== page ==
US magazine Glamour has shattered the glass ceiling by naming male rockstar Bono as one of the ‘Women Of The Year’. Bono received the honour, usually given to women, for all his work for gender equality and his ‘Poverty Is Sexist’ campaign.
Other honorees included Gwen Stefani; Black-ish star Tracee Ellis Ross; Black Lives Matter founders Alicia Garza, Patrisse Cullors, and Opal Tometi; Olympic gold medalist Simone Biles; actress Zendaya; model Ashley Graham; IMF chief Christine Lagarde; ISIS kidnapping survivor Nadia Murad; and Emily Doe, victim of Stanford rapist Brock Turner.
But all the conversation is around Bono, who is the first man to ever be given the title. Glamour Editor-in-Chief Cindi Leive explained: “We’ve talked for years about whether to honor a man at Women of the Year and we’ve always kind of put the kibosh on it,”
When accepting the award, Bono said: “the battle for gender equality can’t be won unless men lead it along women”.
The announcement did not go down too well with Twitter, many people mocking the decision.
— electoral ry (@RyanDenns) November 1, 2016
Does Glamour Magazine know giving Bono the “Woman of the year” award for trying to undo patriarchy undercuts the entire point of the award?
— Travon Free (@Travon) November 1, 2016
If Bono is woman of the year, I declare myself the greatest member of famous rock band U2.
— Resident Kweeva (@kwoovo) November 1, 2016
It’s so important that our daughters understand they can grow up to be Bono
— Oireachtas Retort (@Oireachtas_RX) November 1, 2016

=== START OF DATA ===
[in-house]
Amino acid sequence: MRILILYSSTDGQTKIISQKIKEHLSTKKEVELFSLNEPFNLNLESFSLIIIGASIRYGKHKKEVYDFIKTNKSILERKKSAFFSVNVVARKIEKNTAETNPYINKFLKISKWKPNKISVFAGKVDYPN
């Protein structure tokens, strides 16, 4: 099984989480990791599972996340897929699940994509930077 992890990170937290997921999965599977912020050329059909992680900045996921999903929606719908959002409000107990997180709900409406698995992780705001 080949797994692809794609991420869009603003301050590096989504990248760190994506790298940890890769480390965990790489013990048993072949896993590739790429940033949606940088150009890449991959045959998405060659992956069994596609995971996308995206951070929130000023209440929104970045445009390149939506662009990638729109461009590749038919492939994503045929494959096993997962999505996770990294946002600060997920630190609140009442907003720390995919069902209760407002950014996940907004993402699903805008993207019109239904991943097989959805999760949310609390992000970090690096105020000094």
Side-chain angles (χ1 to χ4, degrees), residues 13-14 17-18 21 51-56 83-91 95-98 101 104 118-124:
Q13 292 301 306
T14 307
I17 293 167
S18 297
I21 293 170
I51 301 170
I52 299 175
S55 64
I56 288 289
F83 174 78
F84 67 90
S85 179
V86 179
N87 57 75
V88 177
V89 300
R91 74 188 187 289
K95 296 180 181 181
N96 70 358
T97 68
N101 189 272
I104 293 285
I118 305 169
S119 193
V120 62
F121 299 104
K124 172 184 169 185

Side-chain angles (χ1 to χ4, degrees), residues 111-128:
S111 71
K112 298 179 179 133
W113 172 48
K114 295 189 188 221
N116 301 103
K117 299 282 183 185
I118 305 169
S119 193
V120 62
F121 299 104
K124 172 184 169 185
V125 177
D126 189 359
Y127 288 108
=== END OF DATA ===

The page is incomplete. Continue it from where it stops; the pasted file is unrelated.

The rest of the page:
At last Bono has shattered the glass ceiling and given men like me the confidence to know we too can aspire to being Woman of the Year. https://t.co/XmpPD90fQP
— Champion Samhain. (@EXECUTIVESTEVE) November 1, 2016
— Rae Story (@raycstory) November 1, 2016
In a press release, Christiane Amanpour a (2005 Woman of the Year) said: “When humanitarian and rock icon Bono learned that he was being honored by Glamour as the first-ever Man of the Year, he called his wife of 34 years, Ali Hewson, to give her the news. “I asked did she think I deserved it. She wasn’t sure,” Bono tells me with a laugh. “She said I’ve work to do!”
“U2’s front man has no doubts. “I’m sure I don’t deserve it,” he says. “But I’m grateful for this award as a chance to say the battle for gender equality can’t be won unless men lead it along with women. We’re largely responsible for the problem, so we have to be involved in the solutions.”
“I’m on Glamour’s side: I think Bono is the perfect choice for this first-time honor because, now 56, he’s been trying to do good for as long as he’s been making music.”